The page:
Federal Employees Health Benefits Program

T-GGD-89-26: Published: May 24, 1989. Publicly Released: May 24, 1989.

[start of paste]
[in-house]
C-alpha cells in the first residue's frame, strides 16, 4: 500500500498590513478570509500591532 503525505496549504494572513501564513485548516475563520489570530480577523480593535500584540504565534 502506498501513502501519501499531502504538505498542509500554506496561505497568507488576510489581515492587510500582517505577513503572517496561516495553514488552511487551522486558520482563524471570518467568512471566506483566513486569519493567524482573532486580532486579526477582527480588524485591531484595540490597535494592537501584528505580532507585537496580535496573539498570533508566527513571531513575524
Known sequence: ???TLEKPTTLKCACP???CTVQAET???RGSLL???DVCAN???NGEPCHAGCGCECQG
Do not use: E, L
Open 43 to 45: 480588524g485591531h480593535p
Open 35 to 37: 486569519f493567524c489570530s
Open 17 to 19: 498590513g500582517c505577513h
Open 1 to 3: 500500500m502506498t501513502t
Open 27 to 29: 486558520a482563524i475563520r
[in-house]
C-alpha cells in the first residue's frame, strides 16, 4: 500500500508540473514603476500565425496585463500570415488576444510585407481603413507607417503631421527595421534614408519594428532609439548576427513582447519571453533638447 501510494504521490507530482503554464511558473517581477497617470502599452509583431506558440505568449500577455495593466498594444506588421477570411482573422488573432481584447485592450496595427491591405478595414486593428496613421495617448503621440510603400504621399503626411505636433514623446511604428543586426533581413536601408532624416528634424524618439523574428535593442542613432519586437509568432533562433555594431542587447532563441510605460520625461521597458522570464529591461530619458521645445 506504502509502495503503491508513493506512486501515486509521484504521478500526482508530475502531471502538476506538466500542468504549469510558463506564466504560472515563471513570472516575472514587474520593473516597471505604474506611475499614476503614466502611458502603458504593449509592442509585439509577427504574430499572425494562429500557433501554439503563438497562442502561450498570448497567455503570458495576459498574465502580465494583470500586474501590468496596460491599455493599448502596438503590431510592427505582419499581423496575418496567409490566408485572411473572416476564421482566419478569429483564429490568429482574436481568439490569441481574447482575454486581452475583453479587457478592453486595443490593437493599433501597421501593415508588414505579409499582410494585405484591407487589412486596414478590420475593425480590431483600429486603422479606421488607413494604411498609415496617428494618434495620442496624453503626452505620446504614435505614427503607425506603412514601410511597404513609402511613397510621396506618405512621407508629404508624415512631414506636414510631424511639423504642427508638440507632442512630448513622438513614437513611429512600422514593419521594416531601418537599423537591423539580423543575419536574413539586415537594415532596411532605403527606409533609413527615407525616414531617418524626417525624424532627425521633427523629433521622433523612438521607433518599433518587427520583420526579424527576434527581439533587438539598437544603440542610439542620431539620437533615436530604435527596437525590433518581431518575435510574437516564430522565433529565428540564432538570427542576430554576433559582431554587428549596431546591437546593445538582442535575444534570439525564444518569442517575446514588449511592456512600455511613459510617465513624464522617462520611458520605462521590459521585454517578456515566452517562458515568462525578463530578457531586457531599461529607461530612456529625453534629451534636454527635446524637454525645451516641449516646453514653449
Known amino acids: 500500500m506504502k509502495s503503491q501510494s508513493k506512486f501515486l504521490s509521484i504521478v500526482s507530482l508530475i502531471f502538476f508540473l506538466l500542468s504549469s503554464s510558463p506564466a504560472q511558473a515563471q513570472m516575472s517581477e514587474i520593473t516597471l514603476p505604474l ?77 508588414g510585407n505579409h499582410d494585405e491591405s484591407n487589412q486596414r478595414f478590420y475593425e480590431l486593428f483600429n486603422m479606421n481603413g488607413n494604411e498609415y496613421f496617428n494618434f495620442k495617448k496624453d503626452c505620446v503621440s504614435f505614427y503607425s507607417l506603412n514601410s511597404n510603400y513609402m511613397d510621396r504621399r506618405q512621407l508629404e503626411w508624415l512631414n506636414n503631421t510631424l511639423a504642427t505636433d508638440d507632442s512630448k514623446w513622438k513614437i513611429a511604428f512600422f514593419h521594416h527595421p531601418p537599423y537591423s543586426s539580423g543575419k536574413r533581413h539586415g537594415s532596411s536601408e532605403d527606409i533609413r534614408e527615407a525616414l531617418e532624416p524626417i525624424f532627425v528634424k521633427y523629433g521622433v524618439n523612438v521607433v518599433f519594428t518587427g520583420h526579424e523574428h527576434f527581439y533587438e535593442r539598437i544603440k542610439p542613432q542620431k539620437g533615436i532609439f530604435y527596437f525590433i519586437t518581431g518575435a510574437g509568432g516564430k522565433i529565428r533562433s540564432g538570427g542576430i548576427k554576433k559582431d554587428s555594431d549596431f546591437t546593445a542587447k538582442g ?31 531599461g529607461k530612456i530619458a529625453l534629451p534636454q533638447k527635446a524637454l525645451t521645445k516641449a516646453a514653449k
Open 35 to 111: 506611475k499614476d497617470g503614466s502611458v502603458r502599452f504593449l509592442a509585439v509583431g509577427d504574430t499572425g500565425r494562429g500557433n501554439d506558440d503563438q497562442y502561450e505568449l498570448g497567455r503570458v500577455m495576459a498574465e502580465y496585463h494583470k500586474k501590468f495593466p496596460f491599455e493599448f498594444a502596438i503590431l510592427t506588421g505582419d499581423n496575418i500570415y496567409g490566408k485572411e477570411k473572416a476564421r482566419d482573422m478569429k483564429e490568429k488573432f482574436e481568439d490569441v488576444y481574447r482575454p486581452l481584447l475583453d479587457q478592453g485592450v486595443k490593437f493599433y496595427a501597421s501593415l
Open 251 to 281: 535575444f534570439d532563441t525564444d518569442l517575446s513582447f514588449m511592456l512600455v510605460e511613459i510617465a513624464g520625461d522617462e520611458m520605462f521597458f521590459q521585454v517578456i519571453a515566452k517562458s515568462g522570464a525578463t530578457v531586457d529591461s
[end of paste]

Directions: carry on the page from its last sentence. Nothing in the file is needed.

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GAO discussed the Federal Employees Health Benefits Program, focusing on administrative cost trends, controls to prevent fraud and abuse, and Office of Personnel Management (OPM) oversight. GAO found that: (1) about eight million federal employees, annuitants, and their dependents receive health benefits totalling $11.6 billion in premiums, of which the government will pay $8.2 billion; (2) of the $7 billion spent on experience-rated plans in 1987, about 90 percent was paid for benefit claims, while $534 million was for administrative expenses, premium taxes, and service charges; (3) between 1982 and 1987, administrative expenses increased 75 percent and service charges increased 77 percent, while enrollment increased less than 2 percent; (4) although OPM annually negotiated with the plans to control costs through expense ceilings, they were not effective because plans seldom reached the ceilings; (5) in 1987, the plans charged $44 million for premium taxes imposed on them by states and other governmental entities; and (6) some plans paid no premium taxes because they recovered their losses through higher premiums. GAO also found that OPM: (1) lacked effective oversight over program fraud and abuse, including embezzlements, commingling of funds, and inappropriate program charges; (2) had not required plans to monitor claims to detect fraud and abuse; (3) had not implemented regulations to exclude from the program health care providers who were found guilty of criminal fraud or unethical practices; and (4) did not identify the program as having internal control weaknesses in its annual reports.

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